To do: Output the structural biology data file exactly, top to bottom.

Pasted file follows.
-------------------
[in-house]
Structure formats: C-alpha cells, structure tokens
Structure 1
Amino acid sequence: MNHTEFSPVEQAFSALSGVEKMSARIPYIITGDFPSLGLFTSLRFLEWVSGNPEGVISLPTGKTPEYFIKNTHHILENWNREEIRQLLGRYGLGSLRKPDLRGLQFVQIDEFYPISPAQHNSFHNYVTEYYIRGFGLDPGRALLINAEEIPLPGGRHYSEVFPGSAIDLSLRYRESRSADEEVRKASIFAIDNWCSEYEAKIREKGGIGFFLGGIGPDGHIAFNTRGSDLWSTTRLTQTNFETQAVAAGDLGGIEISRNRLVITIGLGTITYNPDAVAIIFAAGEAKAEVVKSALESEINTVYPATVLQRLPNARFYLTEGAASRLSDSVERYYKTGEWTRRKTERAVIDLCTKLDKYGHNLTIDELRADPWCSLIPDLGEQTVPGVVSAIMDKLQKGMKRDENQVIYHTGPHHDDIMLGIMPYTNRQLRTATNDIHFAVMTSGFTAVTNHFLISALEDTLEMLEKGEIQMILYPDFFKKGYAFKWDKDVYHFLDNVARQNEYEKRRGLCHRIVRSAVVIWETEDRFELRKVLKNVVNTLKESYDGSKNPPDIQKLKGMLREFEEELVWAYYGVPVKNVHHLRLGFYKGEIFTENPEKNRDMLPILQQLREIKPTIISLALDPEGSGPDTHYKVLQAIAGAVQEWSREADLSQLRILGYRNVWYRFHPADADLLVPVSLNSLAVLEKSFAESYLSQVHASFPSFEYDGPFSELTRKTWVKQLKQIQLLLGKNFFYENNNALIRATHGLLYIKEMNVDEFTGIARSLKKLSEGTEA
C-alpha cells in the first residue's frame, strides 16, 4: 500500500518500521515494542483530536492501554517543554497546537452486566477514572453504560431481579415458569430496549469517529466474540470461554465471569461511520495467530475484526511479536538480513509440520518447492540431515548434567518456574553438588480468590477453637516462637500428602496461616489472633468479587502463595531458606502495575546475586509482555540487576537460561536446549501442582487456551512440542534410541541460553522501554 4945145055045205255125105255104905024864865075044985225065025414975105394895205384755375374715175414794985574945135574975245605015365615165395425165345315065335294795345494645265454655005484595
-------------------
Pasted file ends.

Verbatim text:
[in-house]
Structure formats: C-alpha cells, structure tokens
Structure 1
Amino acid sequence: MNHTEFSPVEQAFSALSGVEKMSARIPYIITGDFPSLGLFTSLRFLEWVSGNPEGVISLPTGKTPEYFIKNTHHILENWNREEIRQLLGRYGLGSLRKPDLRGLQFVQIDEFYPISPAQHNSFHNYVTEYYIRGFGLDPGRALLINAEEIPLPGGRHYSEVFPGSAIDLSLRYRESRSADEEVRKASIFAIDNWCSEYEAKIREKGGIGFFLGGIGPDGHIAFNTRGSDLWSTTRLTQTNFETQAVAAGDLGGIEISRNRLVITIGLGTITYNPDAVAIIFAAGEAKAEVVKSALESEINTVYPATVLQRLPNARFYLTEGAASRLSDSVERYYKTGEWTRRKTERAVIDLCTKLDKYGHNLTIDELRADPWCSLIPDLGEQTVPGVVSAIMDKLQKGMKRDENQVIYHTGPHHDDIMLGIMPYTNRQLRTATNDIHFAVMTSGFTAVTNHFLISALEDTLEMLEKGEIQMILYPDFFKKGYAFKWDKDVYHFLDNVARQNEYEKRRGLCHRIVRSAVVIWETEDRFELRKVLKNVVNTLKESYDGSKNPPDIQKLKGMLREFEEELVWAYYGVPVKNVHHLRLGFYKGEIFTENPEKNRDMLPILQQLREIKPTIISLALDPEGSGPDTHYKVLQAIAGAVQEWSREADLSQLRILGYRNVWYRFHPADADLLVPVSLNSLAVLEKSFAESYLSQVHASFPSFEYDGPFSELTRKTWVKQLKQIQLLLGKNFFYENNNALIRATHGLLYIKEMNVDEFTGIARSLKKLSEGTEA
C-alpha cells in the first residue's frame, strides 16, 4: 500500500518500521515494542483530536492501554517543554497546537452486566477514572453504560431481579415458569430496549469517529466474540470461554465471569461511520495467530475484526511479536538480513509440520518447492540431515548434567518456574553438588480468590477453637516462637500428602496461616489472633468479587502463595531458606502495575546475586509482555540487576537460561536446549501442582487456551512440542534410541541460553522501554 4945145055045205255125105255104905024864865075044985225065025414975105394895205384755375374715175414794985574945135574975245605015365615165395425165345315065335294795345494645265454655005484595